Clifford Pier, Singapore


Teaser Tuesdays

(This is a scheduled post.)

TEASER TUESDAYS asks you to:

  • Grab your current read.
  • Let the book fall open to a random page.
  • Share with us two (2) “teaser” sentences from that page, somewhere between lines 7 and 12.
  • You also need to share the title of the book that you’re getting your “teaser” from … that way people can have some great book recommendations if they like the teaser you’ve given!
  • Please avoid spoilers!

My teaser sentences for today [Fallen Skies by Philippa Gregory (Pg 3)]:

She glanced up at him from under her eyelashes. Stephen felt desire like hunger. She was hardly a woman yet, she was still a girl with skin like cream and hair like honey.

"Valance is my stage name," she said. Her voice was clear, her speech elocution-pure. "My real name is Lily Pears."

I hope everyone had a great weekend!

My husband and I had a busy weekend. We went to collect our airtickets from a travel agency on Saturday as we will be leaving for Perth, Australia tomorrow (Tuesday). Yesterday we spent the day cleaning the house and packing our luggage. We are already looking forward to the trip!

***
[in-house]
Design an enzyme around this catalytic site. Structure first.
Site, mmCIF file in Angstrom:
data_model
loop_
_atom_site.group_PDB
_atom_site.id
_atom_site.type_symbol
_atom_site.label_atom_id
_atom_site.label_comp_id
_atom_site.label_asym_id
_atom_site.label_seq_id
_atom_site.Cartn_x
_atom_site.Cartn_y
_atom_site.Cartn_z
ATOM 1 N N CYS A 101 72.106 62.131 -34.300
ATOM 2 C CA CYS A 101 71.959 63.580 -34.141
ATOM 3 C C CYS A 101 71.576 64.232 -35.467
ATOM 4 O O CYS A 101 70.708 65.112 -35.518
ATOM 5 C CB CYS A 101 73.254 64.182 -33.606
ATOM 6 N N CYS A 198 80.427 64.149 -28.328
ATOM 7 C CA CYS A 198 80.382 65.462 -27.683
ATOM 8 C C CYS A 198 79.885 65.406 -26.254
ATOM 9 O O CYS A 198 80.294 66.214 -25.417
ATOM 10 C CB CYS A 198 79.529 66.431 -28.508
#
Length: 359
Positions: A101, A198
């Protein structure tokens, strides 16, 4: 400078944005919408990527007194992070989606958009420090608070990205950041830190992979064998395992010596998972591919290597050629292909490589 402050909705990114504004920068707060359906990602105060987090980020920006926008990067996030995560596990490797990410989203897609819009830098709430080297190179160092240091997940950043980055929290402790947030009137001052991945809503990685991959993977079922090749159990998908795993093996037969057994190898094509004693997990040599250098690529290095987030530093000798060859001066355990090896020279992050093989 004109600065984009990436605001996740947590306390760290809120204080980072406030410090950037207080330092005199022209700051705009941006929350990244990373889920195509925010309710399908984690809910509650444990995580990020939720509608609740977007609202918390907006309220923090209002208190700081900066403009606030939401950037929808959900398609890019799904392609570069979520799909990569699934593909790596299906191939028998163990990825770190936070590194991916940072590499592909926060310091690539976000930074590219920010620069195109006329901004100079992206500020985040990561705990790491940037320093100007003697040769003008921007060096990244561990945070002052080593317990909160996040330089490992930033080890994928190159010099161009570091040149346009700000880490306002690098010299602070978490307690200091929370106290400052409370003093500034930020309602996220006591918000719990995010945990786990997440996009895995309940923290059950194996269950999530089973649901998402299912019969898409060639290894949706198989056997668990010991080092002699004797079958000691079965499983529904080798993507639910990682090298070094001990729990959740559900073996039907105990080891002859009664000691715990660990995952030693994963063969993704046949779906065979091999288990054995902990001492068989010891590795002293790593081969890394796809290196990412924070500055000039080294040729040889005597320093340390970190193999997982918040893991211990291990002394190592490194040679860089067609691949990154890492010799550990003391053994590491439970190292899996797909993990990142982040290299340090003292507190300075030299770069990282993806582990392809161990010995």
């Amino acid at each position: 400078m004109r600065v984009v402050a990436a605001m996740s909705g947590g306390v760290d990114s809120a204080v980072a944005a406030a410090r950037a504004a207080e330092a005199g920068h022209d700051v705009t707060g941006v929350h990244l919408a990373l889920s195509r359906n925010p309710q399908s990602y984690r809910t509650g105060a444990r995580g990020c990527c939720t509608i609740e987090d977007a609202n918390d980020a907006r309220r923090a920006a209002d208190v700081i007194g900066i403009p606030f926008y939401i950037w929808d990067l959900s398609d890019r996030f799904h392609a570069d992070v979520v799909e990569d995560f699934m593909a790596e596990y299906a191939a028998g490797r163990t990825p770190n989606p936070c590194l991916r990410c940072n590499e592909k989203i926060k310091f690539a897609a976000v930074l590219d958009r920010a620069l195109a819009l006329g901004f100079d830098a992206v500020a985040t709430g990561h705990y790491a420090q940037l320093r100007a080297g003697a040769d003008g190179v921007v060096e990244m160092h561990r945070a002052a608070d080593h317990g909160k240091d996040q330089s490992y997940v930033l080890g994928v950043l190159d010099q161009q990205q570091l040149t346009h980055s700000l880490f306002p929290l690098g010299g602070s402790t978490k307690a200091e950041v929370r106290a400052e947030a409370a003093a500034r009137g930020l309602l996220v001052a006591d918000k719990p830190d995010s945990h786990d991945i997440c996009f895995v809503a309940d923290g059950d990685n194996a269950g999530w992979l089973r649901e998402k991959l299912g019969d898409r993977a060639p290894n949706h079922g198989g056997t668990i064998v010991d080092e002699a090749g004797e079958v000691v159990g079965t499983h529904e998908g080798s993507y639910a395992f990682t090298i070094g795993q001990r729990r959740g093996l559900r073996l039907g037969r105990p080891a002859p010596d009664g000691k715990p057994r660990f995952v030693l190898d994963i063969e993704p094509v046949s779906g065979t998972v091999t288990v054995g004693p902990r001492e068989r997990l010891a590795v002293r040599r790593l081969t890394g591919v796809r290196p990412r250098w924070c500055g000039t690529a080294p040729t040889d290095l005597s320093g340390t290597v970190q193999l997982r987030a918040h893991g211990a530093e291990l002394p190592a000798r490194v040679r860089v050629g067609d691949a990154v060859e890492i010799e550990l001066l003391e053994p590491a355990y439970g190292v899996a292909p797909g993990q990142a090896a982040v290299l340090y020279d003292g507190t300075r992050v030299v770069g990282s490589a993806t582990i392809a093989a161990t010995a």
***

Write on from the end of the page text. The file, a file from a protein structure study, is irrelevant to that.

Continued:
I will definitely miss visiting and reading everyone's blogs. I shall play catch-up next week. Meanwhile, have fun and happy reading!

Beth from Beth Fish Reads is one of my latest, favourite blog friends. I enjoy reading her reviews and I especially love reading her Weekly Discoveries posts whereby she list the books she discovered from fellow book bloggers, and the best part is some of the books she suggested ended up on my wishlist. Besides these, she has lots of other interesting stuff to share too. Do check out her blog if you have not done so.

Thank you, Beth!

And now for the award details:

This award acknowledges the values that every blogger shows in his/her effort to transmit cultural, ethical, literary and personal values every day.